• Kidney injury or disease: In some cases, endocarditis can induce rapidly progressive cases of glomerulonephritis, a medical term for the inflammation or damage to the filtering part of the kidneys. This can quickly lead to end stage renal failure, in which the kidneys are unable to filter blood adequately. Renal failure may require lifelong care and treatment to prevent death.

Who is Most at Risk to Develop Endocarditis?

Endocarditis primarily occurs in patients who suffer from a combination of two factors: those who have a higher risk of blood-borne infections, and those who have preexisting heart damage. These factors in tandem can put a patient at increased risk of endocarditis.

Those who have an increased chance of developing endocarditis include:

  • People with heart disease: Diseases of the heart or the heart valves can create areas of damaged heart tissue which are vulnerable to infection.
  • People who recently underwent heart surgery: Heart tissue that was cut or stitched during heart surgery will gradually heal. During this period, a patient is at increased risk of endocarditis, particularly in cases where they do not take the antibiotics as prescribed.
  • Intravenous drug users: Intravenous drug abuse can increase a patient’s chance of blood-borne infections such as endocarditis.
  • Those with poor dental health: A failure to brush or floss one’s teeth can lead to the development of oral bacteria within the mouth, which can then enter the bloodstream via a cut on one’s gums. Some dental procedures, such as invasive forms of dental surgery, can also create cuts through which bacteria can enter the bloodstream.
Are There Any Ways to Reduce My Risk of Developing Endocarditis?

Though there is no way to definitively prevent a person from developing endocarditis, there are certain steps you can take to potentially reduce your risk. Steps you can take to avoid an endocarditis diagnosis may include:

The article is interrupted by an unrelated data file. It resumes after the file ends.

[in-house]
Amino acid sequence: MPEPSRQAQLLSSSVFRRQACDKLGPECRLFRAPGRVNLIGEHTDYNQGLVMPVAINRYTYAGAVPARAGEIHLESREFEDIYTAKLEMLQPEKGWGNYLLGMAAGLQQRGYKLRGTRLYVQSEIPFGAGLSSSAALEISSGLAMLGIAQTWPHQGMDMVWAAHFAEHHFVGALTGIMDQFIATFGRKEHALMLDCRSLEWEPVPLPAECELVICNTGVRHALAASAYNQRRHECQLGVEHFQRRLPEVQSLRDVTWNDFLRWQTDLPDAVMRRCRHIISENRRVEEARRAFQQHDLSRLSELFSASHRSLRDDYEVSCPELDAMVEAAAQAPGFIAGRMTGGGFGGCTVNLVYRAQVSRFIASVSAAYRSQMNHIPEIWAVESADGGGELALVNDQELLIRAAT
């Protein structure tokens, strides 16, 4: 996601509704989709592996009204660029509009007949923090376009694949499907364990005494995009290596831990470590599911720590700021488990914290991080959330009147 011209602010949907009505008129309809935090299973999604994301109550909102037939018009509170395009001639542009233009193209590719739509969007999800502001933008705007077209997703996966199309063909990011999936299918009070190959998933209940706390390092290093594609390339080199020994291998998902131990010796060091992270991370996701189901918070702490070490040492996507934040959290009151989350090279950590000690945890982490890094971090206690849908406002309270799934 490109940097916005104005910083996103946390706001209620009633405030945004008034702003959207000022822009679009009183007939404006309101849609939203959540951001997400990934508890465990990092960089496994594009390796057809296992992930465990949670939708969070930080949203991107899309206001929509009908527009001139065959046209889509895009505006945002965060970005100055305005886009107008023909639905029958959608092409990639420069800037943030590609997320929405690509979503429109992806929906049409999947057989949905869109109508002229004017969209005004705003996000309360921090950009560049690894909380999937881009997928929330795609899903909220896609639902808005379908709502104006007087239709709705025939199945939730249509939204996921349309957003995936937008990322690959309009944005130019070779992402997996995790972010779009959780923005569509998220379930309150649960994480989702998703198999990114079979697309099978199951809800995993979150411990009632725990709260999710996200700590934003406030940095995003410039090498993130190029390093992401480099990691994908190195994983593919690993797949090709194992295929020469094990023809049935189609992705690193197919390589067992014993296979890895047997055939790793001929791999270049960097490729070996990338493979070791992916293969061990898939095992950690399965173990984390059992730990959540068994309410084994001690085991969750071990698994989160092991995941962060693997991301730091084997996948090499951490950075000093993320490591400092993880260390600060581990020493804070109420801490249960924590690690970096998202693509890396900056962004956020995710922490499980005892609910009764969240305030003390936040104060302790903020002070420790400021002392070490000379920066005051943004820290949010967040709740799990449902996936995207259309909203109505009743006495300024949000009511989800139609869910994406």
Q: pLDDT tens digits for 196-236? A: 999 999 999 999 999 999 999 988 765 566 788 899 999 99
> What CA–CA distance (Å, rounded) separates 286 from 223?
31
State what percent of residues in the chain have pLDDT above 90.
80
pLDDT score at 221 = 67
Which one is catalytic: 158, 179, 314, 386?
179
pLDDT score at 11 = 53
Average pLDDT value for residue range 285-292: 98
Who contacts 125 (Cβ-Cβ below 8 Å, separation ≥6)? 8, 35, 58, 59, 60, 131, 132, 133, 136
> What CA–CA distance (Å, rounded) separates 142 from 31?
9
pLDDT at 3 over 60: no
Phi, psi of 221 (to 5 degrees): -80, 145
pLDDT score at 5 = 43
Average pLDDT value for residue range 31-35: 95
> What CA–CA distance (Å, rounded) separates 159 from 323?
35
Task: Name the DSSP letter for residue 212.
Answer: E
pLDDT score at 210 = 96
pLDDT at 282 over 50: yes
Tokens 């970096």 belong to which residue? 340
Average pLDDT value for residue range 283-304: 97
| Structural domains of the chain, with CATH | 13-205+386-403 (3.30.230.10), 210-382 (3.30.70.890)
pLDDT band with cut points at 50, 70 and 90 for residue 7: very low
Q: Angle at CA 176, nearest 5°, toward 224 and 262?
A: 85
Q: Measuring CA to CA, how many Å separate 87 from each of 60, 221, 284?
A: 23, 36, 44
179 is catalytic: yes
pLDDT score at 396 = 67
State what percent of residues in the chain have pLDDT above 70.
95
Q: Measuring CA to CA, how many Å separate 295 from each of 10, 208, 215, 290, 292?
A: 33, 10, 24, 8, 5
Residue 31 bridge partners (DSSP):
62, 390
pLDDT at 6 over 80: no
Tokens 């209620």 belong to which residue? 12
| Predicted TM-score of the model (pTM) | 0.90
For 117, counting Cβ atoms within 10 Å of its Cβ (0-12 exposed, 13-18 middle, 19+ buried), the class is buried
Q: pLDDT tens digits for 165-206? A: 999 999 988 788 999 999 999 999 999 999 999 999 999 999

• Practice Good Hygiene – Good bodily hygiene can reduce the chances of infection on various parts of the body. While these infections may only be a minor irritation, they can potentially spread to the cardiovascular system, causing endocarditis. Washing regularly can reduce the chances of these infections developing, lowering a patient’s overall risk of endocarditis.
  • Practicing good hygiene also extends to the health of a patient’s gums and teeth. Oral bacteria can proliferate in a patient’s mouth if they don’t brush and floss their teeth very often.
  • Follow the Recommendations Given by Your Doctor After Any Medical Procedures – Following certain invasive forms of heart surgery, your doctor may prescribe a round of antibiotics. These help to prevent endocarditis and other infections. Following the recommendations of your doctor exactly when it comes to antibiotics can be very important in preventing complications after heart surgery, including endocarditis.
  • Get Blood Culture Tests and Other Medical Screenings Regularly – Patients with risk factors for endocarditis should make full use of the services offered by their healthcare provider, particularly when it comes to early detection. That includes making regular visits to your doctor’s office to receive health screenings, including tests for various cardiac conditions and infections that can increase your risk for endocarditis.

Visit our endocarditis treatment page or endocarditis diagnosis and testing page to learn more.

Looking for an Endocarditis Specialist in Orange County? You Need Hoag.

From Long Beach to San Clemente, those who need cardiac care in Orange County know they’ll find the best at Hoag.

U.S. News & World Report rated Hoag among the best hospitals in the nation for Heart Failure in 2023-2024.

So don’t wait. If you’ve been diagnosed with endocarditis, you need the most experienced team, a diagnosis you can count on and cardiac treatment options that help get you back to living life to the fullest. You need Hoag. Contact us today through our online form or by calling 949-764-5384.